Last week, a 200MW solar fishery came online in Cixi City in east China’s Zhejiang Province. The photos below show the immensity of the project. Dual use solar power comes in many forms: parking lot solar is always getting attention, walkable solar glass – like the project built by Apple (though I don’t think the Apple campus solar counts), and solar even roadways are now a thing. With the State of California considering requiring solar in all new construction, a slew of cities pushing the envelope already and Tesla’s Solar Roof coming, the near-term future has plenty of motivation for innovation in the building integrated photovoltaic market (BIPV). Will seeing things like solar-powered fisheries and roadways motivate more infrastructure integrated photovolatics?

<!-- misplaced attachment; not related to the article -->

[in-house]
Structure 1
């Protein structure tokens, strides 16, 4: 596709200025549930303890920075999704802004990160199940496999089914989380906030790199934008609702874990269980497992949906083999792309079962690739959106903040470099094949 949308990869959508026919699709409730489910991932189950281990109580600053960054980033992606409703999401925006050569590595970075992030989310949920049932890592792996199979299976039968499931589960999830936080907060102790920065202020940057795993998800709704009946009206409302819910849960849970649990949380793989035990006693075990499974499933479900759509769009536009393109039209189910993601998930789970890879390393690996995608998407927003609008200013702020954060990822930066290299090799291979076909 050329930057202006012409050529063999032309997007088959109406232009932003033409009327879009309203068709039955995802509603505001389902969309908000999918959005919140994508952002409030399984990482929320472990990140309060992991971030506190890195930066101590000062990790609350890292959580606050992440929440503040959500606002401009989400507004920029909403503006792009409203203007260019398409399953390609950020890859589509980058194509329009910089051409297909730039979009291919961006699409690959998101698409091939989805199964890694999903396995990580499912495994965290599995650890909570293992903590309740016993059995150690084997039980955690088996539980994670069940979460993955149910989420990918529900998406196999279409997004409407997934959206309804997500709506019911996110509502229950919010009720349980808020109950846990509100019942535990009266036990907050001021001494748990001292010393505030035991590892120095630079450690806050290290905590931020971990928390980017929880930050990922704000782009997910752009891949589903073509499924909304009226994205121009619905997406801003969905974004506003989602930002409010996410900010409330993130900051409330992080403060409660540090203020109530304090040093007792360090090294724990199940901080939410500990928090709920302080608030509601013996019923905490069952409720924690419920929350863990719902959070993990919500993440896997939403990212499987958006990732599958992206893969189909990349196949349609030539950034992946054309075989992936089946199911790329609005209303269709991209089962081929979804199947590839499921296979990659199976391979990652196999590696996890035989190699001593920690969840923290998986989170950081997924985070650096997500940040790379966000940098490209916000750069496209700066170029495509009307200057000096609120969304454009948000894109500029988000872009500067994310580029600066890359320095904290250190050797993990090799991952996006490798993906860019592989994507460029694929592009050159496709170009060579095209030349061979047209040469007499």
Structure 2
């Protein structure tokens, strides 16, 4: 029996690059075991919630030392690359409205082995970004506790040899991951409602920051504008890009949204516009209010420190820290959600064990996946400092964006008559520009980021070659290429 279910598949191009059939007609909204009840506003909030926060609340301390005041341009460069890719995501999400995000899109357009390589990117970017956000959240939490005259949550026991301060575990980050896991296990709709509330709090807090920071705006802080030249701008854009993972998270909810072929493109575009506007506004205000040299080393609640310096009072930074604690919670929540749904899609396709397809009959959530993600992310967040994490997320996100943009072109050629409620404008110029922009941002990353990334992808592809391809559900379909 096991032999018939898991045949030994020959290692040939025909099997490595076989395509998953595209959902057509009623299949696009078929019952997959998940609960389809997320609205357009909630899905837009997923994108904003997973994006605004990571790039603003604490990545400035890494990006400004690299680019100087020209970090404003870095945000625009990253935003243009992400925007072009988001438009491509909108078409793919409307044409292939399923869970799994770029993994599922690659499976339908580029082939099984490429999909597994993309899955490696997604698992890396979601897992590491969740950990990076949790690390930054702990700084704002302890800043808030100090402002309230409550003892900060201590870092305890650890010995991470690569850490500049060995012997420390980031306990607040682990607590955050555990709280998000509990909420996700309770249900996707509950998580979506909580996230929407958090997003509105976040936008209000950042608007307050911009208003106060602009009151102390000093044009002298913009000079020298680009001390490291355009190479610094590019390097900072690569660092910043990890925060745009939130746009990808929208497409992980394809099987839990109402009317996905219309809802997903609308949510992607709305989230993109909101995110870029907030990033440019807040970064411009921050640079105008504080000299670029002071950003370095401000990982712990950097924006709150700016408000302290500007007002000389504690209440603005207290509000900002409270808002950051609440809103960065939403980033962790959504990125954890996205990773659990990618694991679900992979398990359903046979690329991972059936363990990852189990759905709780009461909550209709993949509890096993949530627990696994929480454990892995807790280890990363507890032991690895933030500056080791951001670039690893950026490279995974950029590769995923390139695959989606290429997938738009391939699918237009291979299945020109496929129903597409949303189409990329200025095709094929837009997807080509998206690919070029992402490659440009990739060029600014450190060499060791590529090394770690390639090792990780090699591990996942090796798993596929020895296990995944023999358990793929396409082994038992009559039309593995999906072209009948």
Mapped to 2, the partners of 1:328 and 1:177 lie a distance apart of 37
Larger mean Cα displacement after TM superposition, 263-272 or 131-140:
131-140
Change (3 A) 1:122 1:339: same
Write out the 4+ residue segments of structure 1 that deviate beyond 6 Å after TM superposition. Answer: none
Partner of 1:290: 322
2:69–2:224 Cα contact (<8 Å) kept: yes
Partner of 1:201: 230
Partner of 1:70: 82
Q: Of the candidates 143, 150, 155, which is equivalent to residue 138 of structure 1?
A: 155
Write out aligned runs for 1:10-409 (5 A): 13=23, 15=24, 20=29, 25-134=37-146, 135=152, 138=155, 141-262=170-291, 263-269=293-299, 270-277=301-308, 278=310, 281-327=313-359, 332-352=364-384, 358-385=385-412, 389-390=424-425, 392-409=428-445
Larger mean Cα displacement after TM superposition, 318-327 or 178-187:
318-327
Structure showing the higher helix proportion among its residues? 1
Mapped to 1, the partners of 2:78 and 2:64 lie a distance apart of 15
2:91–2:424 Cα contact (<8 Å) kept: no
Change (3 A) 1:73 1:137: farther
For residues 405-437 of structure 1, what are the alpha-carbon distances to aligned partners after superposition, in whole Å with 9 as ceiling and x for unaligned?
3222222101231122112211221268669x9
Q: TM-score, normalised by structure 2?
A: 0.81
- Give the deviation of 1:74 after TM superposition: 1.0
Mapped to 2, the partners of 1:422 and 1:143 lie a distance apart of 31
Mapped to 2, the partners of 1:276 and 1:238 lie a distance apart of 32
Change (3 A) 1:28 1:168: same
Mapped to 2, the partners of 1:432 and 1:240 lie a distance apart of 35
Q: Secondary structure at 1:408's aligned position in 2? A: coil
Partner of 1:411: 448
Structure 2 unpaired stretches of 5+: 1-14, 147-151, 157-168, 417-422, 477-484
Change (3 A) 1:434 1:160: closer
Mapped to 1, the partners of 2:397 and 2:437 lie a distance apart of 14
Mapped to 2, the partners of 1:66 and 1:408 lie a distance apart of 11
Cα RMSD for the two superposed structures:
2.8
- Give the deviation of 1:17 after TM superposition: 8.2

In the United States, NREL believes private homes and rooftops alone can provide 40% of today’s electricity needs. And we can hit 40% taking into account that only ~25% of the buildings in the US were even considered appropriate for solar in the NREL study. The 2.2 million acres of parking lots would cover another 20% of US electricity needs. Covering roadways + parking lots – still a low probability, but an amazing possibility – would get us well over 100% of our electricity needs. Now maybe we cover coastal areas? Start farming fish and algae in solar covered farms?
This new project is certainly an interesting example.
The images were released by Xinhau in December and the People’s Daily in January. The 200MW project will produce greater than 220GWh/year of electricity. The project cost 1.8B RMB (US$260M) and covers an area of 300 hectares. The power generated by the station will be connected to the state grid, yielding an annual income of 240 million RMB (US$34M). In addition, another 13 million RMB (US$2M) will be earned through the fishery. Roughly, the system will pay for itself in seven to eight years.